University: Student Peer Mentoring in the Clinical Training of Speech-Language Pathologists This phenomenological study explored the nature of clinical peer mentoring experiences from the perspectives of first-time undergraduate student clinicians, graduate student peer mentors, and their clinical instructor at one Midwestern university. Participants included five mentor–first time (FT) clinician pairs and one clinical instructor. In-depth, semi-structured, face-to-face interviews were analyzed using ... University
University  |   March 2012
University: Student Peer Mentoring in the Clinical Training of Speech-Language Pathologists
Author Affiliations & Notes
  • Carlotta Kimble
    University of Central Missouri, Warrensburg, MO
  • Gregory Turner
    University of Central Missouri, Warrensburg, MO
  • Mary Pat McCarthyColumn Editor
  • © 2012 American Speech-Language-Hearing Association
Article Information
University   |   March 2012
University: Student Peer Mentoring in the Clinical Training of Speech-Language Pathologists
SIG 11 Perspectives on Administration and Supervision, March 2012, Vol. 22, 12-27. doi:10.1044/aas22.1.12
SIG 11 Perspectives on Administration and Supervision, March 2012, Vol. 22, 12-27. doi:10.1044/aas22.1.12

This phenomenological study explored the nature of clinical peer mentoring experiences from the perspectives of first-time undergraduate student clinicians, graduate student peer mentors, and their clinical instructor at one Midwestern university. Participants included five mentor–first time (FT) clinician pairs and one clinical instructor. In-depth, semi-structured, face-to-face interviews were analyzed using Moustakas’ (1994) modified van Kaam method of analysis of phenomenological data. The findings revealed personal and reciprocal peer mentor–FT clinician relationships that impacted clinical instructor supervision. The results suggested a dichotomy between acceptance of peer mentor guidance and support and FT clinician self-confidence in clinical skills. The findings demonstrated the potential impact of relationship dynamics between peer mentor and clinical instructor on the overall clinical experience of FT clinicians. The results yielded implications for peer mentor model development.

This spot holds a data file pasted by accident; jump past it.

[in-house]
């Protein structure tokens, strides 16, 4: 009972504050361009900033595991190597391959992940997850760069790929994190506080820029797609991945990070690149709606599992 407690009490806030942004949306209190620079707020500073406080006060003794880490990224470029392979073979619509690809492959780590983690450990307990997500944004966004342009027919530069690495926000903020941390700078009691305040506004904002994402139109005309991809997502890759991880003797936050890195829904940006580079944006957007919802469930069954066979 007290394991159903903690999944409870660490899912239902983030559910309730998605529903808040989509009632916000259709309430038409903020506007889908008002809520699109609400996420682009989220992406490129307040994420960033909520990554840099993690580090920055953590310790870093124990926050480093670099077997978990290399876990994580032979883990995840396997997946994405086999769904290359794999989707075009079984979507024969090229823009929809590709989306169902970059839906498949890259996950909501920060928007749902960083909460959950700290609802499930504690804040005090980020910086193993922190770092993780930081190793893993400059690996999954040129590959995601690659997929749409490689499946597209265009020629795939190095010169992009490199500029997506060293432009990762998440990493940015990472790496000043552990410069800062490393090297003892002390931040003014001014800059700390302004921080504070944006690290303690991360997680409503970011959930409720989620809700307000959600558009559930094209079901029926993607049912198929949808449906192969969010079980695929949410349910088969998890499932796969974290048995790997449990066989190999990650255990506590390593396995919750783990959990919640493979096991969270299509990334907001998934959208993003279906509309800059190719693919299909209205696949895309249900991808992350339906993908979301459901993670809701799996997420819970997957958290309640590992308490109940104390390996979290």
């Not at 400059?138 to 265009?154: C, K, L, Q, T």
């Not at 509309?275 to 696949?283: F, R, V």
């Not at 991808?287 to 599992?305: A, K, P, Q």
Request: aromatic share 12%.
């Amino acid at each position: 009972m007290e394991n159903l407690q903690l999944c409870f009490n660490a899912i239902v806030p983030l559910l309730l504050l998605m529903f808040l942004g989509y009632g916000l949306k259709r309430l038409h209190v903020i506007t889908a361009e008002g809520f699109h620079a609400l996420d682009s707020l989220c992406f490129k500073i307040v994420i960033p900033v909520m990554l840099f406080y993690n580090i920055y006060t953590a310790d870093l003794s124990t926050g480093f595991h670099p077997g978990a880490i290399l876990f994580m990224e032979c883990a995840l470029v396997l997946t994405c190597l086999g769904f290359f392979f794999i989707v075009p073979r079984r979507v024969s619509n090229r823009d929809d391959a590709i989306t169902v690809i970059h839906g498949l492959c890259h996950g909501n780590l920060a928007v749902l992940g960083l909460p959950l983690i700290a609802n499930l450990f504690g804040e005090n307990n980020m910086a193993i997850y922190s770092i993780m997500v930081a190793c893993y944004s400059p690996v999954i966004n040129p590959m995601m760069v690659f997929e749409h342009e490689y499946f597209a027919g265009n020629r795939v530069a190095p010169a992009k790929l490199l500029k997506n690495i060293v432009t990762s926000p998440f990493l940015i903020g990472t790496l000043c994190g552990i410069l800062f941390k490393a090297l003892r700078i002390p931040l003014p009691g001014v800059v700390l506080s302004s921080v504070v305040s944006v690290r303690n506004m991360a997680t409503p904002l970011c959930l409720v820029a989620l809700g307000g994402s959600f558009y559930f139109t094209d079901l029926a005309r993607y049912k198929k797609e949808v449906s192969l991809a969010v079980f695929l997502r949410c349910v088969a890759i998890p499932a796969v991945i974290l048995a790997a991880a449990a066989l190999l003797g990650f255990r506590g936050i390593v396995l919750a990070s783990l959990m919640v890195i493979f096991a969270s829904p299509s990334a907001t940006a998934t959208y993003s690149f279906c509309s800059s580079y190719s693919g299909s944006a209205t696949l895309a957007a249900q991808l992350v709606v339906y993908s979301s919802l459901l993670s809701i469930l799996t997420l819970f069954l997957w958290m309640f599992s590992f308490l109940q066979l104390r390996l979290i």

Become a SIG Affiliate
Pay Per View
Entire SIG 11 Perspectives on Administration and Supervision content & archive
24-hour access
This Issue
24-hour access
This Article
24-hour access